San Franciscans 12 and older can now begin receiving the Pfizer COVID-19 vaccine, city officials said Thursday.
Until not, only San Franciscans 16 and above were eligible for the vaccine, but the U.S. Food and Drug Administration on Monday gave authorization for the Pfizer vaccine to be used for 12- to 15-year-olds.
“This expanded eligibility is important progress in our fight against COVID-19, one that is especially encouraging as we look to fully open all of our schools for full-time, in-person learning,” Mayor London Breed said in a statement. “By creating a network of vaccination sites in our city, we’ve focused on making the vaccines easy to access by meeting people where they are. We will continue that effort with strategies specifically targeting our youth and their families. As we bring this focus to younger people, we encourage everyone to take this opportunity to make sure all eligible family members are getting vaccinated.”
The newly expanded eligibility comes as 75 percent of city residents have received at least their first dose of the vaccine, with the city vaccinating some 8,500 people per day, city officials said.
“The fact that we are at a point in this pandemic where we can offer vaccines to youth ages 12 to 15 is a truly remarkable sign of progress,” San Francisco Department of Public Health Director Dr. Grant Colfax said. “The more people we vaccinate, the more we can get back to the things we love without the fear of contracting COVID-19 and spreading it to a friend or loved one.”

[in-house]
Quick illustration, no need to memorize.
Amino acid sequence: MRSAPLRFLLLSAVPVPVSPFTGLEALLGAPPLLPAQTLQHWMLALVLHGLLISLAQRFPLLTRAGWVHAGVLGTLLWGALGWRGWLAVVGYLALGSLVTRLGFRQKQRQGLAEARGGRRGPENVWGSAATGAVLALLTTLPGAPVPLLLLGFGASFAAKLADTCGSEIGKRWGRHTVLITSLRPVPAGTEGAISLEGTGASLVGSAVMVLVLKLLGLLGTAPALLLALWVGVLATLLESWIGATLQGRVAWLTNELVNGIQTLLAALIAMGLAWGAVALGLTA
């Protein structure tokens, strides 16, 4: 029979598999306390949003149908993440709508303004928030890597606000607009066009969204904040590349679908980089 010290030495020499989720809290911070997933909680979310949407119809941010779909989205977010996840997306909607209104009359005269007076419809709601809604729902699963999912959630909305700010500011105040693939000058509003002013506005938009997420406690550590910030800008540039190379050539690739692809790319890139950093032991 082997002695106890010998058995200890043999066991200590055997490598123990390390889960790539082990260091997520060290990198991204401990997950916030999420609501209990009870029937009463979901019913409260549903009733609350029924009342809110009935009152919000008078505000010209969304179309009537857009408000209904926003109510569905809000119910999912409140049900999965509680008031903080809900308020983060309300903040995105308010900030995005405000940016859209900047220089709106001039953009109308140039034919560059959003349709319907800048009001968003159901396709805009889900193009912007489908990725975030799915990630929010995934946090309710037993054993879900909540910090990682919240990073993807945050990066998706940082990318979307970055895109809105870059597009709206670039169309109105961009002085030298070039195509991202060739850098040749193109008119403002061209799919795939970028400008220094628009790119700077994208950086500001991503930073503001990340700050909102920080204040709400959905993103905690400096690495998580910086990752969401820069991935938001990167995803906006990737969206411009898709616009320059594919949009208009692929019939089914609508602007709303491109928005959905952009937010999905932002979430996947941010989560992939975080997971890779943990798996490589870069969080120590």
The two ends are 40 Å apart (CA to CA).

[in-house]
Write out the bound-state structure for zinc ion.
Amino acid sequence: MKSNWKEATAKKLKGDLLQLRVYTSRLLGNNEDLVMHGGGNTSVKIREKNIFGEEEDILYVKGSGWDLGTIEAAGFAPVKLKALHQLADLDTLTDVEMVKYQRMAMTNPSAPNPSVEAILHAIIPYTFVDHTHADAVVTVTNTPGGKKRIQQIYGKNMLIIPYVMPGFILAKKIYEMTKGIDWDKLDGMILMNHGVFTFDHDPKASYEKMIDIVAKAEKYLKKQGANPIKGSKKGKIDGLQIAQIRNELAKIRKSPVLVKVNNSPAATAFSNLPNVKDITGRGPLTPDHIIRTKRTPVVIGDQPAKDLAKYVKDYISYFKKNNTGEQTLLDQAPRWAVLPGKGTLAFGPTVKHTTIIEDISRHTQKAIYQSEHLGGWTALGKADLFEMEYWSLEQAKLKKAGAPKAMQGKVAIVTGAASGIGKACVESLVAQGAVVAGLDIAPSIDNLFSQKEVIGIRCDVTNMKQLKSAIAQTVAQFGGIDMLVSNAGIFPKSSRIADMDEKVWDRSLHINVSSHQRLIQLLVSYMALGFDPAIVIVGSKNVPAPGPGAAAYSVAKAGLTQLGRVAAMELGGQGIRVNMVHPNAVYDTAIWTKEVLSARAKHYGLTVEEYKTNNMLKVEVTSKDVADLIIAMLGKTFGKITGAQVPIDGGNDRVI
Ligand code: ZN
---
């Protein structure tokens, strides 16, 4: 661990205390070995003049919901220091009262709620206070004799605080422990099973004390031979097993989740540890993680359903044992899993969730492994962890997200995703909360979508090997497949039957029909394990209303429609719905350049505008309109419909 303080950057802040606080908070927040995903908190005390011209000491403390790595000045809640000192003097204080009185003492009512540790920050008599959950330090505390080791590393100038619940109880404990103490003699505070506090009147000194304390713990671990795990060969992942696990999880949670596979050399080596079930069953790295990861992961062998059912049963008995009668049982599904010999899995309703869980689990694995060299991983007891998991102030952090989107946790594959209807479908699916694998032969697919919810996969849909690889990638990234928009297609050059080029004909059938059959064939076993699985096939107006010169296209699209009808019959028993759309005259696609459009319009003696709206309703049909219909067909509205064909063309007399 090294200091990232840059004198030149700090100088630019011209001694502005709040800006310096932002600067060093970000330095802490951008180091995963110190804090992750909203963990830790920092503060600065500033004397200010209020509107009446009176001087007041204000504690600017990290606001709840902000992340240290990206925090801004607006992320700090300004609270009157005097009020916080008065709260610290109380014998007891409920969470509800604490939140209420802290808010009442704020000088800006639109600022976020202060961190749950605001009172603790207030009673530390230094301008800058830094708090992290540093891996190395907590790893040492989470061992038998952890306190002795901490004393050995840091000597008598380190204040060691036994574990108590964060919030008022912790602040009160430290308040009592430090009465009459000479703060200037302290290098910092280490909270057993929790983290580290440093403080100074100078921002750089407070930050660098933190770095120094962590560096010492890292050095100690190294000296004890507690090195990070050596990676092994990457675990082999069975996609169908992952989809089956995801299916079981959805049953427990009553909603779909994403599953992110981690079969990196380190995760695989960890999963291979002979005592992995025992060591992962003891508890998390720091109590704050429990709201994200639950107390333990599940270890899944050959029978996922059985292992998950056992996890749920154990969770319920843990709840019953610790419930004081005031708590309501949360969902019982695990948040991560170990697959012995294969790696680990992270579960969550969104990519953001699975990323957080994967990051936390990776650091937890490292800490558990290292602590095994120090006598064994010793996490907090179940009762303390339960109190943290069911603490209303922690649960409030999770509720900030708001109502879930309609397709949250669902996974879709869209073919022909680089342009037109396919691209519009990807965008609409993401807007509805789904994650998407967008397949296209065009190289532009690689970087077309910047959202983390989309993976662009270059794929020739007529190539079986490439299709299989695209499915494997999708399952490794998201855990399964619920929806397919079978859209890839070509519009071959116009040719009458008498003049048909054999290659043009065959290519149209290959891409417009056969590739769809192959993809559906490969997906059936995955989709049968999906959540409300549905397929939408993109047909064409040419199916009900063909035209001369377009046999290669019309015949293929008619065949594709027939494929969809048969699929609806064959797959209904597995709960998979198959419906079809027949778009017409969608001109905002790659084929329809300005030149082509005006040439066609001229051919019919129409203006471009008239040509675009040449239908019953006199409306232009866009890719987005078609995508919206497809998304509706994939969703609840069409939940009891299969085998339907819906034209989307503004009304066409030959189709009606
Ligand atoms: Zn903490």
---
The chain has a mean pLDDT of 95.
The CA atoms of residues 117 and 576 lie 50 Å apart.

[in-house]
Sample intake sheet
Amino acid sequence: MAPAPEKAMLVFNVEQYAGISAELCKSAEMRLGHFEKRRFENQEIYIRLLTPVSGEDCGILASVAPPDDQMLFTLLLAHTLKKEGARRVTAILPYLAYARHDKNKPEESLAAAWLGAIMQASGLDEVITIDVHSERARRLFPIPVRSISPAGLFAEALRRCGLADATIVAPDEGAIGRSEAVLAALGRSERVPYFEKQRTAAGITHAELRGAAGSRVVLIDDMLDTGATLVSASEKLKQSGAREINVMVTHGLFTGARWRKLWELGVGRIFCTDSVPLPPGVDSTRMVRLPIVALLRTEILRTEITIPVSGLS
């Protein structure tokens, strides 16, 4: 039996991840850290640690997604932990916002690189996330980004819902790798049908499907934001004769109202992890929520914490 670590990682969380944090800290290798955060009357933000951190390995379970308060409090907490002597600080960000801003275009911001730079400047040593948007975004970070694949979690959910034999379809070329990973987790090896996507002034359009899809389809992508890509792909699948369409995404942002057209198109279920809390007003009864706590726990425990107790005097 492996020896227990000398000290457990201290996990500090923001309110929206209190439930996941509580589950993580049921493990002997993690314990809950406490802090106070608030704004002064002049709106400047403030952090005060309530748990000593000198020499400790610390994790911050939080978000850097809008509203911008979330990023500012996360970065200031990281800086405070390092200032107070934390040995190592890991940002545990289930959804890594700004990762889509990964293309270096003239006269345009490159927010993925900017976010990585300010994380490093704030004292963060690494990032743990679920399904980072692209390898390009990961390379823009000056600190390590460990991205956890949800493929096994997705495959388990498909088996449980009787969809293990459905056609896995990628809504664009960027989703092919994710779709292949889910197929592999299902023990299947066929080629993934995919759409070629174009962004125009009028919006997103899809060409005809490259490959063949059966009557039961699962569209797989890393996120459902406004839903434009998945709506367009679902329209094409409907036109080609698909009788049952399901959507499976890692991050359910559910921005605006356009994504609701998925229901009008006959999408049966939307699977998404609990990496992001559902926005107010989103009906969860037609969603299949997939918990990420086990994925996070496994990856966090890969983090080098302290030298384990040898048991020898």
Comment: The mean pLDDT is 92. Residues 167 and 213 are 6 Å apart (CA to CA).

The Pfizer vaccine is the only vaccine that has been approved for people between the ages of 12 and 15. About 25,000 children between 12 and 15 years old live in the city.
Typically, consent from a minor’s parent or legal guardian is required for the COVID-19 vaccine.
However, because the FDA has classified administration of the vaccine as emergency, SFDPH has issued a new emergency health order allowing minors 12 years old and up to consent to receiving the Pfizer vaccine. The new health order also calls for the health care provider administering the vaccine to reasonably attempt to notify the minor’s parent or guardian and allow that person to object the administration of the vaccine, according to city officials.
With the latest expansion, SFDPH and the city’s COVID Command Center are working with the San Francisco Unified School District to bring the vaccine to some school sites in the near future.
Newly eligible residents and their families can visit www.sf.gov/getvaccinated to find locations administering the Pfizer vaccine and to schedule appointments.
San Mateo County is also set to begin vaccinating 12- to 15-year-olds at the San Mateo County Event Center next week. County Manager Mike Callagy said during a media briefing Wednesday that there are about 40,000 children in San Mateo County in that age group.
“We are poised to immediately start accepting those 12 to 15. We are also poised to have mass vaccination clinics next week Tuesday and Wednesday at the Event Center to handle the increased volume,” Callagy said.
Vaccinations are available at the San Mateo County Event Center, 1346 Saratoga Drive, San Mateo, this week and next. People can schedule an appointment through the state’s MyTurn.ca.gov system or people can drive up and register on site.
Parental consent will be built in to the MyTurn system when vaccinations open up to 12- to 15-year-olds, deputy chief of San Mateo County Health Srija Srinivasan said.
The county also plans to work with school districts and San Mateo County Superintendent of Schools Nancy Magee to get eligible teenagers vaccinated.
Srinivasan said that there are already two regular vaccination clinics on school campuses: one at Cesar Chavez Ravenswood Middle School in East Palo Alto and one at San Mateo High School in San Mateo.
A list of vaccination clinics in San Mateo County is available at https://www.smchealth.org/vaccine-clinic-calendar.